Play Live Radio
Next Up:
0:00 0:00
Available On Air Stations

Pa. Senate leader says budget talks are progressing despite being past deadline

Joe Pittman.
Matt Rourke
Pennsylvania Senate Majority Leader Joe Pittman, R-Indiana, speaks during a news conference in the Capitol after Gov. Josh Shapiro delivered his budget address for the 2024-25 fiscal year, Wednesday, Feb. 6, 2024, in Harrisburg, Pa.

As the fiscal year heads into week two, Pennsylvania is still without a budget.

Despite missing the June 30th deadline, Senate Majority Leader Joe Pittman, R-Indiana, remains optimistic about crafting a spending plan.

“I would say that the conversations continue to be productive,” he said. “The conversations continue to be cordial. All parties are engaged in trying to deliver a responsible product.”

Gov. Josh Shapiro proposed a $48.3 billion budget in February. Pittman said he is confident the final number will be less than that, though he did not offer details of how much.

In June, he said he was confident a budget would be finalized in early July, a sentiment he still holds.

“I still believe that a budget can be achieved in a timely manner in a way that will not impact adversely the people of Pennsylvania,” he said. “And hopefully, in the next several days, we’ll see that conclusion happen.”

WESA Inbox Edition Newsletter

Stay on top of election news from WESA's political reporters — delivered fresh to your inbox every weekday morning.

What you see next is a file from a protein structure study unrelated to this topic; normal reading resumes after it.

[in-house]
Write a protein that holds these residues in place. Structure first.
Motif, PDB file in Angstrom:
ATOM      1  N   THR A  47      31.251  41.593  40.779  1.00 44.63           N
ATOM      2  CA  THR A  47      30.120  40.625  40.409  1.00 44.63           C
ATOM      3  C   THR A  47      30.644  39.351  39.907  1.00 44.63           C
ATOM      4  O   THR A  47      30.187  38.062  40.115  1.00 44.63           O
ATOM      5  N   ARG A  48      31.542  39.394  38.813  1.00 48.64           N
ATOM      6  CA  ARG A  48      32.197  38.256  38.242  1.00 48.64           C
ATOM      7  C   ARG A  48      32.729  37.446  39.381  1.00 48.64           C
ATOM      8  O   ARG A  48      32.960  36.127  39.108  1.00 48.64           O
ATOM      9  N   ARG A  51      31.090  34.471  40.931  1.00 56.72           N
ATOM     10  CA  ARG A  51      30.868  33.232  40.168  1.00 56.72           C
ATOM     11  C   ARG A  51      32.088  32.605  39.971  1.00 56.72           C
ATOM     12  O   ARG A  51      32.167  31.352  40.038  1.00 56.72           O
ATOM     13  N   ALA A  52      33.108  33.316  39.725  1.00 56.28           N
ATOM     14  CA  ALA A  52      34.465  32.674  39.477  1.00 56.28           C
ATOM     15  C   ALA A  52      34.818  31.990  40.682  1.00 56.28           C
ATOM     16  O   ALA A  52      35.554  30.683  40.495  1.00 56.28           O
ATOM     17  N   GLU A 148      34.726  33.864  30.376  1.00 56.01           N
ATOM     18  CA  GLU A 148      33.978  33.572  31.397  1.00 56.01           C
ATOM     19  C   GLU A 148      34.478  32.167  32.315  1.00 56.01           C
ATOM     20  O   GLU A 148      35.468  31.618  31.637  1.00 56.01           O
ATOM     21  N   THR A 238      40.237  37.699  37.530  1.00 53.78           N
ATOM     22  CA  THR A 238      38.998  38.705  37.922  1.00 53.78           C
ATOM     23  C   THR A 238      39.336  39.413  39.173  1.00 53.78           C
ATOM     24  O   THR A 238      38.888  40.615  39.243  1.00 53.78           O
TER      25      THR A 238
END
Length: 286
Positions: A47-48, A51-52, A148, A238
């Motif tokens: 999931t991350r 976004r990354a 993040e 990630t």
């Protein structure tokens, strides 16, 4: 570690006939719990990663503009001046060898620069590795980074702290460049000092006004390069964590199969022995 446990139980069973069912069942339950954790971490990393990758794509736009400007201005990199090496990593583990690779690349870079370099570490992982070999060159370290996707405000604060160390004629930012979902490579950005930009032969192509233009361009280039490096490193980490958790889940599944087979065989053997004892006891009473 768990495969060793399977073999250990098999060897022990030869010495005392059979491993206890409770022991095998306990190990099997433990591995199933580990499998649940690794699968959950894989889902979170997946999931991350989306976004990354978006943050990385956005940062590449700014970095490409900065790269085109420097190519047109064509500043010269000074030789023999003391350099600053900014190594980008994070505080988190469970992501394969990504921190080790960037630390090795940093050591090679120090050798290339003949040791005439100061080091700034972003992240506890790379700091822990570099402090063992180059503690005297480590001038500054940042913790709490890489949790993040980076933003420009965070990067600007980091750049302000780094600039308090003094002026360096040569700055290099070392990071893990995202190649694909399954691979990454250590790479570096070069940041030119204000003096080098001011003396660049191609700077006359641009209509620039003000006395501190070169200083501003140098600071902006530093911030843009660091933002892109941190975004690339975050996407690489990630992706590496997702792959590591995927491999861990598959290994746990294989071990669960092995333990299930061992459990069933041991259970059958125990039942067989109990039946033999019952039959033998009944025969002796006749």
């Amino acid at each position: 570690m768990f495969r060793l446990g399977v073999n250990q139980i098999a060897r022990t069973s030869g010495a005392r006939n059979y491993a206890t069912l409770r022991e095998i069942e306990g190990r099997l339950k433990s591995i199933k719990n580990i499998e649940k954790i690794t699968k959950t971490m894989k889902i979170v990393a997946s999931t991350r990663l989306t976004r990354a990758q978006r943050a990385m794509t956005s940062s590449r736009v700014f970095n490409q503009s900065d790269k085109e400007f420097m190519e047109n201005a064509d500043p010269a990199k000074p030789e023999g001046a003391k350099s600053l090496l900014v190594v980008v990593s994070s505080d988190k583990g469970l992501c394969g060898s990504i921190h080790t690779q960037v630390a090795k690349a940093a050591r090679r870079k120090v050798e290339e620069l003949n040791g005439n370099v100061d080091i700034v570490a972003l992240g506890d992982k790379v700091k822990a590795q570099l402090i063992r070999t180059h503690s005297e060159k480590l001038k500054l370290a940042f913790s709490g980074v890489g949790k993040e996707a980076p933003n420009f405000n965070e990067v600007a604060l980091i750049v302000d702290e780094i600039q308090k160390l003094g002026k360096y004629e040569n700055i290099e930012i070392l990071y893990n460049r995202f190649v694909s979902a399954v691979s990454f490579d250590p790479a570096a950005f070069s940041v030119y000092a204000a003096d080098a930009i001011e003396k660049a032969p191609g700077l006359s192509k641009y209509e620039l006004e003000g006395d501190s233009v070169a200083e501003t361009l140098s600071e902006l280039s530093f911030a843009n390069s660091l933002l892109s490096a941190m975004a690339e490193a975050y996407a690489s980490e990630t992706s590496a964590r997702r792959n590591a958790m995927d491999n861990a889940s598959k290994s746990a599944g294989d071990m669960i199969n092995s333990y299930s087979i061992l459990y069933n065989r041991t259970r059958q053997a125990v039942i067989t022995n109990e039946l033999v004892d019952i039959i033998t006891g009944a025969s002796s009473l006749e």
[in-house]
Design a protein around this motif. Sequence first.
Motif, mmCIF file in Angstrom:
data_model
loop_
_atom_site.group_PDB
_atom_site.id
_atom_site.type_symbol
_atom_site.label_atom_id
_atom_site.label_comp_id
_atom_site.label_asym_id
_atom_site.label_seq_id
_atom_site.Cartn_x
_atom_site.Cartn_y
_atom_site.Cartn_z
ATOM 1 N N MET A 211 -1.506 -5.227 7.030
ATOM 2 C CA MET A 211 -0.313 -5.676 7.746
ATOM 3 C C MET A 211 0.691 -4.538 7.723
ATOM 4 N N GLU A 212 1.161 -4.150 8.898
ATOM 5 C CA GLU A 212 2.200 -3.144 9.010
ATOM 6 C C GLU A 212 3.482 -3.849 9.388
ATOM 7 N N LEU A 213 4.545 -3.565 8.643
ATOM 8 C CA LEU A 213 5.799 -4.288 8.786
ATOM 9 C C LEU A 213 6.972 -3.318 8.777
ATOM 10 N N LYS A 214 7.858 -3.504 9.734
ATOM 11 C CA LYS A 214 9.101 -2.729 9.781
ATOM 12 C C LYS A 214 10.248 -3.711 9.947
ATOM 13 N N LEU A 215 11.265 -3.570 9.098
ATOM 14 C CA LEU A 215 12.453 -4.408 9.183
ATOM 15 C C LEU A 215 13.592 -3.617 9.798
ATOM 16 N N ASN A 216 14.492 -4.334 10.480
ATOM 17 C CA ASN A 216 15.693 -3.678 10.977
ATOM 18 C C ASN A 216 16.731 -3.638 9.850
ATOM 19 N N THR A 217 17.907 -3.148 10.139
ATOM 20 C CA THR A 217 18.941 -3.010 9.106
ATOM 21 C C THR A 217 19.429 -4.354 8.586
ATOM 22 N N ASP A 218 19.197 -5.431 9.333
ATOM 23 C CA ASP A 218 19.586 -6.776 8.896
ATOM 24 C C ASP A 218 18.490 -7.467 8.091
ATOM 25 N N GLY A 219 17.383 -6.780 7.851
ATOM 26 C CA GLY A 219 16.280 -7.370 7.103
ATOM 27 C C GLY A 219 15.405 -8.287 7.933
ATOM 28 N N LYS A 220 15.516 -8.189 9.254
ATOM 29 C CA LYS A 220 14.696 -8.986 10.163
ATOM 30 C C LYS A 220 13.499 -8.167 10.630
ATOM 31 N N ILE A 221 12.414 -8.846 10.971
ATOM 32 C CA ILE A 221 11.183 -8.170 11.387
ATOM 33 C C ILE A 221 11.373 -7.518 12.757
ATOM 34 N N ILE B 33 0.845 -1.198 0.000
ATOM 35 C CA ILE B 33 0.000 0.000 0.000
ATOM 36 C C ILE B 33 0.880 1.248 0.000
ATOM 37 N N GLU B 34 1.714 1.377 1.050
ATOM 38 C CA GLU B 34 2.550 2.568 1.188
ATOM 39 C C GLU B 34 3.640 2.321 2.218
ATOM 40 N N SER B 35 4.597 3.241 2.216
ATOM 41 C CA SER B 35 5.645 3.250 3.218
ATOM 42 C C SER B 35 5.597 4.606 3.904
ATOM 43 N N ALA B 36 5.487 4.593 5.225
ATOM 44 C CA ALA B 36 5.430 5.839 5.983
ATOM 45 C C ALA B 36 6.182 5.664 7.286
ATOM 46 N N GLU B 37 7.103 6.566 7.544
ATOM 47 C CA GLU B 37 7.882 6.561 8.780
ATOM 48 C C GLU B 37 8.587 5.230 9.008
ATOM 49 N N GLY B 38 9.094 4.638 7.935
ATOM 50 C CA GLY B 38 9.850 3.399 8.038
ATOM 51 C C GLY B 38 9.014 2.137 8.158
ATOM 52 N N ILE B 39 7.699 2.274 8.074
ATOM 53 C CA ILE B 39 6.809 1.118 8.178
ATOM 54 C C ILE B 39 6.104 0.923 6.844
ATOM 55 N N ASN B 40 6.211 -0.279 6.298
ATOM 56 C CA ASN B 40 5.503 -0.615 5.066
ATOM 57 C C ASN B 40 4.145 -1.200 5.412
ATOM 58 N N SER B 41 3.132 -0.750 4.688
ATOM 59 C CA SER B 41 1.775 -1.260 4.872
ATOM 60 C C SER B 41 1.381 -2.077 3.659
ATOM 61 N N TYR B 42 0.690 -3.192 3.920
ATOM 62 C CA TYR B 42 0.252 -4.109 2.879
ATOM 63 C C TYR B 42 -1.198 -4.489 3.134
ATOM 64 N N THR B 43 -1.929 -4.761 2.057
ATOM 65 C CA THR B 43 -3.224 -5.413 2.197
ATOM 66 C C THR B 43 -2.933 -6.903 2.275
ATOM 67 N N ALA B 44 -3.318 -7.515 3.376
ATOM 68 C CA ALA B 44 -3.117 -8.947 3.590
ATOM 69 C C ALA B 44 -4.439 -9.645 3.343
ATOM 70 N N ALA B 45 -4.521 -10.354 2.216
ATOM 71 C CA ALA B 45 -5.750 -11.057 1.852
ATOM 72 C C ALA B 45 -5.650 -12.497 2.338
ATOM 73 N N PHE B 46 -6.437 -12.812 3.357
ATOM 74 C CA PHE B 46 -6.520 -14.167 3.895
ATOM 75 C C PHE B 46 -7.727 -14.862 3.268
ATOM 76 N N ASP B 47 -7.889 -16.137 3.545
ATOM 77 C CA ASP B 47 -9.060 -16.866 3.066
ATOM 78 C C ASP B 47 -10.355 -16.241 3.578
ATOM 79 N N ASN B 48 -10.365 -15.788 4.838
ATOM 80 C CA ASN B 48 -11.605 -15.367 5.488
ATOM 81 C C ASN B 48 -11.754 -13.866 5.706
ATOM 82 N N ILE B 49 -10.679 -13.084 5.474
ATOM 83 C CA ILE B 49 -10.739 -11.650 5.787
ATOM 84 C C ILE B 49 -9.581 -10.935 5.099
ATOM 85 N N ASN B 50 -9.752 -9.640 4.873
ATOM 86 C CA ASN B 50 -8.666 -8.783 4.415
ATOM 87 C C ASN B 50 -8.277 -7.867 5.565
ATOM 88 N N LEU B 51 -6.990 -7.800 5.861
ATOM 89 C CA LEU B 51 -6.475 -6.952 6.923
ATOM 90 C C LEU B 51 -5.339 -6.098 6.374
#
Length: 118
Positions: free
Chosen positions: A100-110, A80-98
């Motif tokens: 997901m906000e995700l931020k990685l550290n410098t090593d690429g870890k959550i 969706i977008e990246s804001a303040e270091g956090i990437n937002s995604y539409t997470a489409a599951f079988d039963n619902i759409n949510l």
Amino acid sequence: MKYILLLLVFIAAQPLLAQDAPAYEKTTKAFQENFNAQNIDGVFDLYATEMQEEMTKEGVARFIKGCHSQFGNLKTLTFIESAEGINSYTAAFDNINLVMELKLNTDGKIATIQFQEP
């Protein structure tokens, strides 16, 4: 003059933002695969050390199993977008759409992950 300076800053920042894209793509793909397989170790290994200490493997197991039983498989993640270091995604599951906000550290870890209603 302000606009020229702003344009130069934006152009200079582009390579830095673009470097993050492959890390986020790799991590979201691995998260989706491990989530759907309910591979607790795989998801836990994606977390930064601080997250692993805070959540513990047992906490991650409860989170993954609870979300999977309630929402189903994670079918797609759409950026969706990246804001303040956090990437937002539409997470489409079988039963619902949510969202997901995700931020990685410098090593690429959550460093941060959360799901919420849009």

Education continues to be an area of disagreement between the caucuses.

In February 2023, the Commonwealth Court ruled the state’s system of funding public schools is so unfair to lower-income districts that it is unconstitutional.

Pittman says a disagreement lies in how the funding formula should work.

“I believe that there was a disagreement on the [Basic Education Funding Commission] between how the data was accumulated either through a census-driven process or a self-reporting process,” he said.

He said census data is important to ensure dollars are given out in an accurate manner.

Currently, schools are funded mainly by local taxes. This means school districts in high-income areas with higher taxes are better off than schools in poorer areas.

The state does provide some funding, with this year’s proposal earmarking $1.1 billion for basic education.

Pittman previously addressed reporters in June noting that besides education, human services was an area of struggle, though there is not much disagreement over addressing those needs, he said.

“It’s trying to manage the amount of resources we put into those areas while not adversely impacting the rest of the budget,” he said.

The House and Senate’s schedules for this week have flipped multiple times. The House was to be in session Monday to Wednesday, while the Senate was to be in session every day but Independence Day.

The Senate canceled Friday’s session but planned to return this weekend. The House scheduled a non-voting session for Friday, with plans to return Saturday and Sunday. But late Friday, the House and Senate canceled the Saturday session.

Shapiro frequently mentions that Pennsylvania has the only divided state legislature in the nation with a GOP-controlled Senate and a Democratic-controlled House.

Despite that, Pittman said this year’s budget negotiations are going much better than last year’s.

“We really are committed to the notion that divided government shouldn’t be dysfunctional government,” he said.

Read more from our partners, WITF.

Updated: July 5, 2024 at 4:56 PM EDT
This article has been updated to note the House and Senate will be in session this weekend on Sunday only.